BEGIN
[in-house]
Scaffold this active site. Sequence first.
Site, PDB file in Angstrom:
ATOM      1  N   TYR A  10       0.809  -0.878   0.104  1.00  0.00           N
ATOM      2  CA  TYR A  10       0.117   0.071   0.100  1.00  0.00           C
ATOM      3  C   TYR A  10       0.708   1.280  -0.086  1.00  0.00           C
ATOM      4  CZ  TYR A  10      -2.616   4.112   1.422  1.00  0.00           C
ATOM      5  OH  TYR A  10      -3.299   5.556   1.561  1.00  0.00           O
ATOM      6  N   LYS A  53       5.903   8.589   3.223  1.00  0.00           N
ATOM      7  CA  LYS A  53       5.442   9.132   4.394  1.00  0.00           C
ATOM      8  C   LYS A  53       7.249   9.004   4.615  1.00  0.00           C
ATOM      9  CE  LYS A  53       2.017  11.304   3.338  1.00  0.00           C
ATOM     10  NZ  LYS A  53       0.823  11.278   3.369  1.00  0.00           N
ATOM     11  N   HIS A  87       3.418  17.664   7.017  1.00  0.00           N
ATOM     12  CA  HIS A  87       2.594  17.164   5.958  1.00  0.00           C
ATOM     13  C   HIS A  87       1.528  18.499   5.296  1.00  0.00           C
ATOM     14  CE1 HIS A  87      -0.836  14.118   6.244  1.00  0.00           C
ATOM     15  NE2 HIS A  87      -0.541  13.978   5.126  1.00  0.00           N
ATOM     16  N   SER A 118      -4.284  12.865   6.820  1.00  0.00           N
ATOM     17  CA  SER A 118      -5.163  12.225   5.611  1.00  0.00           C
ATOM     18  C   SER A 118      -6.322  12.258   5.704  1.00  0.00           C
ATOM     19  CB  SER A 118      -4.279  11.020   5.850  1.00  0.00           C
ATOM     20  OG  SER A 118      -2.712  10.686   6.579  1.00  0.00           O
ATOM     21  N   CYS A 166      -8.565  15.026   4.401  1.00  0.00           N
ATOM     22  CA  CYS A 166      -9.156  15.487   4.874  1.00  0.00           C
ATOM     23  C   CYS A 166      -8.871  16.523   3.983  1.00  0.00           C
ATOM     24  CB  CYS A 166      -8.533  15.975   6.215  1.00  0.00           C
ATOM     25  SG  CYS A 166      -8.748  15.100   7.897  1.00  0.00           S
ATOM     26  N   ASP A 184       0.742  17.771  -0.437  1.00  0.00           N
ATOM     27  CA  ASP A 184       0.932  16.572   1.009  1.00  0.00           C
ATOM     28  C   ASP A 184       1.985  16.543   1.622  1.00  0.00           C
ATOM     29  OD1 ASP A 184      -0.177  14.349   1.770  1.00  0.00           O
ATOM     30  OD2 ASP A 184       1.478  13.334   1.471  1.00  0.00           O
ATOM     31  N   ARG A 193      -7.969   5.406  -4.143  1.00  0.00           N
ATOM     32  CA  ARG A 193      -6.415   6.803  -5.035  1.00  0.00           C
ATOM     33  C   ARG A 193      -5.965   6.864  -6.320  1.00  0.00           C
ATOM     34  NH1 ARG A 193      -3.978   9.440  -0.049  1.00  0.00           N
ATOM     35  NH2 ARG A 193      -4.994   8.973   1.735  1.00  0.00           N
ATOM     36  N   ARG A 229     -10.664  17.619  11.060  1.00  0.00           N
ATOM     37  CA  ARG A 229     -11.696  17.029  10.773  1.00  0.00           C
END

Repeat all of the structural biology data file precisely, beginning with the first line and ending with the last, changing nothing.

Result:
[in-house]
Scaffold this active site. Sequence first.
Site, PDB file in Angstrom:
ATOM      1  N   TYR A  10       0.809  -0.878   0.104  1.00  0.00           N
ATOM      2  CA  TYR A  10       0.117   0.071   0.100  1.00  0.00           C
ATOM      3  C   TYR A  10       0.708   1.280  -0.086  1.00  0.00           C
ATOM      4  CZ  TYR A  10      -2.616   4.112   1.422  1.00  0.00           C
ATOM      5  OH  TYR A  10      -3.299   5.556   1.561  1.00  0.00           O
ATOM      6  N   LYS A  53       5.903   8.589   3.223  1.00  0.00           N
ATOM      7  CA  LYS A  53       5.442   9.132   4.394  1.00  0.00           C
ATOM      8  C   LYS A  53       7.249   9.004   4.615  1.00  0.00           C
ATOM      9  CE  LYS A  53       2.017  11.304   3.338  1.00  0.00           C
ATOM     10  NZ  LYS A  53       0.823  11.278   3.369  1.00  0.00           N
ATOM     11  N   HIS A  87       3.418  17.664   7.017  1.00  0.00           N
ATOM     12  CA  HIS A  87       2.594  17.164   5.958  1.00  0.00           C
ATOM     13  C   HIS A  87       1.528  18.499   5.296  1.00  0.00           C
ATOM     14  CE1 HIS A  87      -0.836  14.118   6.244  1.00  0.00           C
ATOM     15  NE2 HIS A  87      -0.541  13.978   5.126  1.00  0.00           N
ATOM     16  N   SER A 118      -4.284  12.865   6.820  1.00  0.00           N
ATOM     17  CA  SER A 118      -5.163  12.225   5.611  1.00  0.00           C
ATOM     18  C   SER A 118      -6.322  12.258   5.704  1.00  0.00           C
ATOM     19  CB  SER A 118      -4.279  11.020   5.850  1.00  0.00           C
ATOM     20  OG  SER A 118      -2.712  10.686   6.579  1.00  0.00           O
ATOM     21  N   CYS A 166      -8.565  15.026   4.401  1.00  0.00           N
ATOM     22  CA  CYS A 166      -9.156  15.487   4.874  1.00  0.00           C
ATOM     23  C   CYS A 166      -8.871  16.523   3.983  1.00  0.00           C
ATOM     24  CB  CYS A 166      -8.533  15.975   6.215  1.00  0.00           C
ATOM     25  SG  CYS A 166      -8.748  15.100   7.897  1.00  0.00           S
ATOM     26  N   ASP A 184       0.742  17.771  -0.437  1.00  0.00           N
ATOM     27  CA  ASP A 184       0.932  16.572   1.009  1.00  0.00           C
ATOM     28  C   ASP A 184       1.985  16.543   1.622  1.00  0.00           C
ATOM     29  OD1 ASP A 184      -0.177  14.349   1.770  1.00  0.00           O
ATOM     30  OD2 ASP A 184       1.478  13.334   1.471  1.00  0.00           O
ATOM     31  N   ARG A 193      -7.969   5.406  -4.143  1.00  0.00           N
ATOM     32  CA  ARG A 193      -6.415   6.803  -5.035  1.00  0.00           C
ATOM     33  C   ARG A 193      -5.965   6.864  -6.320  1.00  0.00           C
ATOM     34  NH1 ARG A 193      -3.978   9.440  -0.049  1.00  0.00           N
ATOM     35  NH2 ARG A 193      -4.994   8.973   1.735  1.00  0.00           N
ATOM     36  N   ARG A 229     -10.664  17.619  11.060  1.00  0.00           N
ATOM     37  CA  ARG A 229     -11.696  17.029  10.773  1.00  0.00           C